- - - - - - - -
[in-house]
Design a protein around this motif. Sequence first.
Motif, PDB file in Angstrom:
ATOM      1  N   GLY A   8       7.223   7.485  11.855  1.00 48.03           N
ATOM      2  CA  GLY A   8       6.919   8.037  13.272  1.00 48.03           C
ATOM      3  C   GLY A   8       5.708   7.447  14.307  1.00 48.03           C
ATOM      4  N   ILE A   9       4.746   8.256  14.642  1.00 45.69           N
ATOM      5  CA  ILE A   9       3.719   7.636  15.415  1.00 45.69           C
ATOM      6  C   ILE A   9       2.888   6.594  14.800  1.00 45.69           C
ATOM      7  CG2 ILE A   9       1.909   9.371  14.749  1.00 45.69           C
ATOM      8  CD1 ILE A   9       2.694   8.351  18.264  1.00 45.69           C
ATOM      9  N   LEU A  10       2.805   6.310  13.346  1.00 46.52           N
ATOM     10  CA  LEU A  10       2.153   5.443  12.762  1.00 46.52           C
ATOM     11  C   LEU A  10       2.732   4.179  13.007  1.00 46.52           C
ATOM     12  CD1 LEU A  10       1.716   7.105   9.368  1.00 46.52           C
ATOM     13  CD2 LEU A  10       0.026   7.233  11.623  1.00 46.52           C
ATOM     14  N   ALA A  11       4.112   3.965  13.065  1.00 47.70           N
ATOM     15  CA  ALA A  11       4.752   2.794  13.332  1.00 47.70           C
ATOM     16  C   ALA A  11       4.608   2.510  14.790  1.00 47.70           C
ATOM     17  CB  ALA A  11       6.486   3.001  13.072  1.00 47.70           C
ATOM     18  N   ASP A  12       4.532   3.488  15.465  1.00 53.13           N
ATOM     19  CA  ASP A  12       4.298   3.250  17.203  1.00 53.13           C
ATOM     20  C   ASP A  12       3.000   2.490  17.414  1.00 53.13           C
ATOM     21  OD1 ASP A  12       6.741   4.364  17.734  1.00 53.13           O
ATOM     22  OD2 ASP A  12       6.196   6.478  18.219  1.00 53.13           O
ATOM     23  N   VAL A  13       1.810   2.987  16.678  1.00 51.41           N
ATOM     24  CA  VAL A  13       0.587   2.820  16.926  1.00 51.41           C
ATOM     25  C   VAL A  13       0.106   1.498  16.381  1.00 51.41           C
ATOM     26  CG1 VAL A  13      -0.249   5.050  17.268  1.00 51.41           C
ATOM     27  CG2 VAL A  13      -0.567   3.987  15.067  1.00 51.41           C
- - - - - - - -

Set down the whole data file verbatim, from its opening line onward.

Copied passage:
[in-house]
Design a protein around this motif. Sequence first.
Motif, PDB file in Angstrom:
ATOM      1  N   GLY A   8       7.223   7.485  11.855  1.00 48.03           N
ATOM      2  CA  GLY A   8       6.919   8.037  13.272  1.00 48.03           C
ATOM      3  C   GLY A   8       5.708   7.447  14.307  1.00 48.03           C
ATOM      4  N   ILE A   9       4.746   8.256  14.642  1.00 45.69           N
ATOM      5  CA  ILE A   9       3.719   7.636  15.415  1.00 45.69           C
ATOM      6  C   ILE A   9       2.888   6.594  14.800  1.00 45.69           C
ATOM      7  CG2 ILE A   9       1.909   9.371  14.749  1.00 45.69           C
ATOM      8  CD1 ILE A   9       2.694   8.351  18.264  1.00 45.69           C
ATOM      9  N   LEU A  10       2.805   6.310  13.346  1.00 46.52           N
ATOM     10  CA  LEU A  10       2.153   5.443  12.762  1.00 46.52           C
ATOM     11  C   LEU A  10       2.732   4.179  13.007  1.00 46.52           C
ATOM     12  CD1 LEU A  10       1.716   7.105   9.368  1.00 46.52           C
ATOM     13  CD2 LEU A  10       0.026   7.233  11.623  1.00 46.52           C
ATOM     14  N   ALA A  11       4.112   3.965  13.065  1.00 47.70           N
ATOM     15  CA  ALA A  11       4.752   2.794  13.332  1.00 47.70           C
ATOM     16  C   ALA A  11       4.608   2.510  14.790  1.00 47.70           C
ATOM     17  CB  ALA A  11       6.486   3.001  13.072  1.00 47.70           C
ATOM     18  N   ASP A  12       4.532   3.488  15.465  1.00 53.13           N
ATOM     19  CA  ASP A  12       4.298   3.250  17.203  1.00 53.13           C
ATOM     20  C   ASP A  12       3.000   2.490  17.414  1.00 53.13           C
ATOM     21  OD1 ASP A  12       6.741   4.364  17.734  1.00 53.13           O
ATOM     22  OD2 ASP A  12       6.196   6.478  18.219  1.00 53.13           O
ATOM     23  N   VAL A  13       1.810   2.987  16.678  1.00 51.41           N
ATOM     24  CA  VAL A  13       0.587   2.820  16.926  1.00 51.41           C
ATOM     25  C   VAL A  13       0.106   1.498  16.381  1.00 51.41           C
ATOM     26  CG1 VAL A  13      -0.249   5.050  17.268  1.00 51.41           C
ATOM     27  CG2 VAL A  13      -0.567   3.987  15.067  1.00 51.41           C